Posts Tagged ‘AM 2052-221’

AM 2052-221

Thursday, October 28th, 2010

Another “lesser known” example of discordant redshifts from the southern hemisphere is AM 2052-221 which is also listed in Dr. Halton Arp’s and Barry Madore’s A Catalogue of Southern Peculiar Galaxies and Associations (Cambridge University Press, 1987).  It is also listed as AM 2054-2210 in Dr. Arp’s book Quasars, Redshifts and Controversies (Interstellar Media, 1987) and his articles published in Volume 236 and Volume 239 of the The Astrophysical Journal in 1980 and in a 1981 supplement.  Again, as with NGC 1347, the best image I could find for this pair of objects is a photograph taken with the 48-inch UK Schmidt Telescope in New South Wales, Australia sometime in the 1970’s.  I have cropped the original image a bit in order to fit it on this page but it is otherwise unaltered.

As with many of the Schmidt Telescope photographs of the time the image quality is somewhat grainy.  However, it can be clearly seen that the smaller of the two objects is trailing a stream of material that curves back toward the larger object possibly connecting to it within the diffused arm on the larger object’s north side.  But this begs the same question as with NGC 1347.  If they are physically connected how can their measured redshifts be so incredibly discordant?  AM 2052-221NED lists the redshift of the larger galaxy at 0.034377 z which would place its distance at over 595 million light-years from Earth using a so-called Hubble Constant value of 55 (km/s)/Mpc.  The smaller object is listed as having a redshift of 0.156215 z.  This indicates a supposed distance of almost 2.488 billion light-years from Earth.  This is over 4 times the distance of the larger object!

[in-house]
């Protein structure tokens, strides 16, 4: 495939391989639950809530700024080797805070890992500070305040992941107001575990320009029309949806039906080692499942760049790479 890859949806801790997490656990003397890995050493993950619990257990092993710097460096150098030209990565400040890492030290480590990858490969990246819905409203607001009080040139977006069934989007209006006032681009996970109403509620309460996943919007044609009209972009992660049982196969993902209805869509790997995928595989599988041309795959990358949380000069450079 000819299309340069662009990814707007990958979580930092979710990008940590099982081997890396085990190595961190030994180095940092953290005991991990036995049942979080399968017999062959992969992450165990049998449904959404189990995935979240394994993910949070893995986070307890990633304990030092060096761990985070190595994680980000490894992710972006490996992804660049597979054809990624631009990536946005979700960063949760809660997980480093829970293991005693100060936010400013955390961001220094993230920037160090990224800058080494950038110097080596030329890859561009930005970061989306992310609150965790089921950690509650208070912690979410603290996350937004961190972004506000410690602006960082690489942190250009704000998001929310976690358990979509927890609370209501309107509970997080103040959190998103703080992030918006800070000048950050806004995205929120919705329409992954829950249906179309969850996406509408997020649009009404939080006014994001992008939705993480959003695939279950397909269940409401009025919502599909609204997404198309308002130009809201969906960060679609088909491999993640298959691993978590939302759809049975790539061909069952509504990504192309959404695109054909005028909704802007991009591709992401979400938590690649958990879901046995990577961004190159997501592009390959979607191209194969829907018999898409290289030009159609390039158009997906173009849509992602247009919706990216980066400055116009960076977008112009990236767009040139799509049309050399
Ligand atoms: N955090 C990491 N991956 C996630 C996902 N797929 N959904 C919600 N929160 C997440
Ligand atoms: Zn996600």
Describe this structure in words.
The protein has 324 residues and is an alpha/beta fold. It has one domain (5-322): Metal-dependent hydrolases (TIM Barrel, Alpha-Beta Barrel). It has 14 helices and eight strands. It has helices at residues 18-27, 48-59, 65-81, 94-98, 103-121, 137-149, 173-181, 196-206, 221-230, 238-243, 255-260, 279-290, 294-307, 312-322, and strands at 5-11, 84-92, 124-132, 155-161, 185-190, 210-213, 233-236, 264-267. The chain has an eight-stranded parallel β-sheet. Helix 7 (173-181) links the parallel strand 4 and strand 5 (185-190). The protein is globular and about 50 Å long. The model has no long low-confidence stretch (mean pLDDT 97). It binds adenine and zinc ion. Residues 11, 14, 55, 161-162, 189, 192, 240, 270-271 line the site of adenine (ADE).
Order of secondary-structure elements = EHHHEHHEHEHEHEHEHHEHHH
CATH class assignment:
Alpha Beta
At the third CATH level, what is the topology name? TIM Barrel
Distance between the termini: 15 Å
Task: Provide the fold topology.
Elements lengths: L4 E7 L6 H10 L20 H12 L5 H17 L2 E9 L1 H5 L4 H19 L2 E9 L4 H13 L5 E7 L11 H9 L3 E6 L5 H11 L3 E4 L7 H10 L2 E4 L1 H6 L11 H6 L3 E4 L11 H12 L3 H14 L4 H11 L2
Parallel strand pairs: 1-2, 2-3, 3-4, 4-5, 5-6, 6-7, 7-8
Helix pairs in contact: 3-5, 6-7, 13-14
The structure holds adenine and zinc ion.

Because of the poor quality of the photographs available today one could argue that there is no clear connection between AM 2052-221 and its companion object.  But if there is a connection, the implications in regards to the assumed meaning of extragalactic redshifts and their supposed relationship to the Big Bang Theory is so great that one would think that better observations would have been made by now.  Yet, as with NGC 1347, the best image I could find came from observations made over thirty years ago from a telescope less than a quarter of the size of those available today.  Once again I was unable to find any images of from any modern large telescope that covers the southern hemisphere including the SALT, the Gemini South or even the HST.  In the little time I have had to research procuring observational data from some of the world’s largest telescopes I have learned that it is an extremely tedious and arduous process that is obviously not geared toward the casual astronomer.  However I will continue to pursue new data and I will report any new findings.  I still believe the powerful optics of these telescopes could one day help finally bring to light the true connection between extragalactic objects and the true meaning of their discordant redshifts.

And as always, I encourage all visitors to this site to pursue their own observations and feel free to contribute to those posted here or even submit new ones.

Thanks for reading!